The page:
The still more disturbing part is the presence of General V.K. Singh, who was chief of the army staff till a few weeks ago, first at Anna's rally and then at Baba Ramdev's. How could the retired army chief take part in politics and say at the rallies that they would tell the people how to cast their vote? It means that he had political ambitions when he commanded the armed forces, which are apolitical, for two years.
His has been the first endeavour since independence to politicise the army. Thank god, his term did not get extended although he used the pretext of wrong birth date to stay on for one more year.
The reaction can be what the government seems to have adopted is to ignore him. Yet this does not convey the nation's concern which was that of bewilderment and confusion. The other reaction can be to see that no Bonapartisim takes birth in India.
The latter would be the correct reaction. The officials from all the three services should be barred from taking part in politics for five years after retirement. By that time the hallo would be around them because the weapons they carry would fade away. This type of restrictions should also cover government servants on the civil side.
Yet the sad part of V.K. Singh's episode is that he has not realised the wrong which he has done to the institution he has served. He does not seem to possess the sensitivity which would guide him to differentiate between wrong and right, moral and immoral. An army chief occupies a big position in India or, for that matter, any country. The Manmohan Singh government did not realise that such persons, although appointed on the basis of seniority, should not be given a position which, if misused, can wreck the entire polity.
President Truman is remembered for his bold decision to dismiss General McArthur after he won the Second World War against Japan. Truman saw in McArthur the signs of Bonapartism which no democratic state could tolerate. V.K. Singh is, no doubt, a history now. But imagine what he could have done with his eyes fixed on politics.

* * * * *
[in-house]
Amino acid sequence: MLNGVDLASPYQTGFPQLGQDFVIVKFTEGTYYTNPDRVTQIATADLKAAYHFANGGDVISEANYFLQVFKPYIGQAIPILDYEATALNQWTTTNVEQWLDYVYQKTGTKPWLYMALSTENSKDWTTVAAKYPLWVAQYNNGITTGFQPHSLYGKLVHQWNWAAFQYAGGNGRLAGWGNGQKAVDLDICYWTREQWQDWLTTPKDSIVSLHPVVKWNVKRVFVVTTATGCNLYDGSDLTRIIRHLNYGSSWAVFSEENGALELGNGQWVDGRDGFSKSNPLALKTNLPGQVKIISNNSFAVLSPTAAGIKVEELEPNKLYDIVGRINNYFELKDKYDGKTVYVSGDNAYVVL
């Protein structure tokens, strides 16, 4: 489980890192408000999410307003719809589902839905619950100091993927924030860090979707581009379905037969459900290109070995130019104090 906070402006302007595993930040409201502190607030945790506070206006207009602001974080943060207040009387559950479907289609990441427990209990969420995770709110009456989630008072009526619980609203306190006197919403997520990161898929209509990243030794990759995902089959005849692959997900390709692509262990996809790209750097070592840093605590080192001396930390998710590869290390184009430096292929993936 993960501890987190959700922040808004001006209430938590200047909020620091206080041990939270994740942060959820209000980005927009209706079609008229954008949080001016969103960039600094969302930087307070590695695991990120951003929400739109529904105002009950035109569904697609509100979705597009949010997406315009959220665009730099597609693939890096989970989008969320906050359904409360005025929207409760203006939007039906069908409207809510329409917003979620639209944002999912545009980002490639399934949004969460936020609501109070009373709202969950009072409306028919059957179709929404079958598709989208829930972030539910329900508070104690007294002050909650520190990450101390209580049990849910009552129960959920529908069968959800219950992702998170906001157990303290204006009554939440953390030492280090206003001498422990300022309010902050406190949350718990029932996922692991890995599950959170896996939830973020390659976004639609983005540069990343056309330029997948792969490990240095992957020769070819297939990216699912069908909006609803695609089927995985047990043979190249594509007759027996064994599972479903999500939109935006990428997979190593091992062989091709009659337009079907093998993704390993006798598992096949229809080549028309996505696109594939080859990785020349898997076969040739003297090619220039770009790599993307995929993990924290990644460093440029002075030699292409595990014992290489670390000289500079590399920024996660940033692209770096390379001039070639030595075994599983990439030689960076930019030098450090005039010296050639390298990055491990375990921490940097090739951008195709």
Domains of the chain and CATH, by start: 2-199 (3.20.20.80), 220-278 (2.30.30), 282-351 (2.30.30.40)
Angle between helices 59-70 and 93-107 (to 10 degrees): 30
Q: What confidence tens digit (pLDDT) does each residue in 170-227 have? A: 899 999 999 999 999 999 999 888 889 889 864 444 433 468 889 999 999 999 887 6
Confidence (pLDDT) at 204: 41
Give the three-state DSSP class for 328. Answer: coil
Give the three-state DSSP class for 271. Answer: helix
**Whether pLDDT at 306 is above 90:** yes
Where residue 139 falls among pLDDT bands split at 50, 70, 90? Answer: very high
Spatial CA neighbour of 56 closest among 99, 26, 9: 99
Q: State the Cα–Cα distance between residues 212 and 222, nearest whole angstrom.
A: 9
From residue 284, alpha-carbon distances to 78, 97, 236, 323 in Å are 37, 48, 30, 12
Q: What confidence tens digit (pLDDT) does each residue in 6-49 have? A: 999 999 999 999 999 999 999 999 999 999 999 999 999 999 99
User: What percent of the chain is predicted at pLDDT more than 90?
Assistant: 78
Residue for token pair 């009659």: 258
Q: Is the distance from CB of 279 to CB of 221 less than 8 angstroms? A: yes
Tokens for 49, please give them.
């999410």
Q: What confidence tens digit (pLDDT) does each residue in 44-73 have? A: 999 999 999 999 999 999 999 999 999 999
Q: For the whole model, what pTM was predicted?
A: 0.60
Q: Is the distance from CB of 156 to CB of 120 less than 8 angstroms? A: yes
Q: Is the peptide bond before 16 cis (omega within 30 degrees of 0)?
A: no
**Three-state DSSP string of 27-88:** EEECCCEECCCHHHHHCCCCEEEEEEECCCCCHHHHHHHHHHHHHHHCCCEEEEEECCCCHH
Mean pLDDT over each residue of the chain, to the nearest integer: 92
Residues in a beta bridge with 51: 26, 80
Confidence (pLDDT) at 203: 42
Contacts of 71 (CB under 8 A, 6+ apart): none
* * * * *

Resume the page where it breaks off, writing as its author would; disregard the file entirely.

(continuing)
Both Anna and Baba Ramdev cannot be absolved of the blame of parading a former chief of army staff from their platform. Again, their move had no thinking behind, nor any regard for the norms of democracy. What kind of setup did they propose to place before a nation, already groaning for democratic space, if an army chief is called upon to tell the people to which candidate they should vote?
Baba Ramdev was wrong in singling out the Congress. In this bath all are naked. There are serious allegations against the political parties like the the BJP, Mulayam Singh's Samajwadi Party and Mayawati's Bahujan Samajwadi Party. Even the Baba himself is said to not above board. True, some of his trusts under the scanner. Yet there is no mention of the property which a pickle dealer had purchased and given to the Baba. All those who want equity should ensure that their own house is in order. The battle has just begun.
The writer is an eminent Indian Journalist.